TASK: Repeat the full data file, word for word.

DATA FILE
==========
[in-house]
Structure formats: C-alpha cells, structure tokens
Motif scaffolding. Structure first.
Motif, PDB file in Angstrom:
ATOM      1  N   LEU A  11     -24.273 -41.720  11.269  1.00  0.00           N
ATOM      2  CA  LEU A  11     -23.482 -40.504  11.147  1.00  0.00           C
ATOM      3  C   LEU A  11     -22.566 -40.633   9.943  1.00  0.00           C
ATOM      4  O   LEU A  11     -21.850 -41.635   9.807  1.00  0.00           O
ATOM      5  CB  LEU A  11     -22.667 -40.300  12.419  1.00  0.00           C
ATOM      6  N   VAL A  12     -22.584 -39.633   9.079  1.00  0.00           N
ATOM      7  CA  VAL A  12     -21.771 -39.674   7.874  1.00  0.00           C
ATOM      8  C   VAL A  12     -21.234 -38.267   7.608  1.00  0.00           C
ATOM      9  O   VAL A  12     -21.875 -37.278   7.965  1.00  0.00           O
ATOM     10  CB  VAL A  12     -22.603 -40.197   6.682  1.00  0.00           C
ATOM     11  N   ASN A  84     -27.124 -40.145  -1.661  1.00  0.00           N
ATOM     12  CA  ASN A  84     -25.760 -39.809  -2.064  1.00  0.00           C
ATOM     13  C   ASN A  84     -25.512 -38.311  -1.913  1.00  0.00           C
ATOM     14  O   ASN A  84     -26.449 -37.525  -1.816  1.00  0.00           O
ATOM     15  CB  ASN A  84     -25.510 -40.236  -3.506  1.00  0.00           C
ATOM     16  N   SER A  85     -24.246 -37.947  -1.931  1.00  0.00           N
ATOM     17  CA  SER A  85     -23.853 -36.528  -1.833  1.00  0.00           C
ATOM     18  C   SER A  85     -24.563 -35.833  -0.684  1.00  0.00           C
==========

[in-house]
Structure formats: C-alpha cells, structure tokens
Motif scaffolding. Structure first.
Motif, PDB file in Angstrom:
ATOM      1  N   LEU A  11     -24.273 -41.720  11.269  1.00  0.00           N
ATOM      2  CA  LEU A  11     -23.482 -40.504  11.147  1.00  0.00           C
ATOM      3  C   LEU A  11     -22.566 -40.633   9.943  1.00  0.00           C
ATOM      4  O   LEU A  11     -21.850 -41.635   9.807  1.00  0.00           O
ATOM      5  CB  LEU A  11     -22.667 -40.300  12.419  1.00  0.00           C
ATOM      6  N   VAL A  12     -22.584 -39.633   9.079  1.00  0.00           N
ATOM      7  CA  VAL A  12     -21.771 -39.674   7.874  1.00  0.00           C
ATOM      8  C   VAL A  12     -21.234 -38.267   7.608  1.00  0.00           C
ATOM      9  O   VAL A  12     -21.875 -37.278   7.965  1.00  0.00           O
ATOM     10  CB  VAL A  12     -22.603 -40.197   6.682  1.00  0.00           C
ATOM     11  N   ASN A  84     -27.124 -40.145  -1.661  1.00  0.00           N
ATOM     12  CA  ASN A  84     -25.760 -39.809  -2.064  1.00  0.00           C
ATOM     13  C   ASN A  84     -25.512 -38.311  -1.913  1.00  0.00           C
ATOM     14  O   ASN A  84     -26.449 -37.525  -1.816  1.00  0.00           O
ATOM     15  CB  ASN A  84     -25.510 -40.236  -3.506  1.00  0.00           C
ATOM     16  N   SER A  85     -24.246 -37.947  -1.931  1.00  0.00           N
ATOM     17  CA  SER A  85     -23.853 -36.528  -1.833  1.00  0.00           C
ATOM     18  C   SER A  85     -24.563 -35.833  -0.684  1.00  0.00           C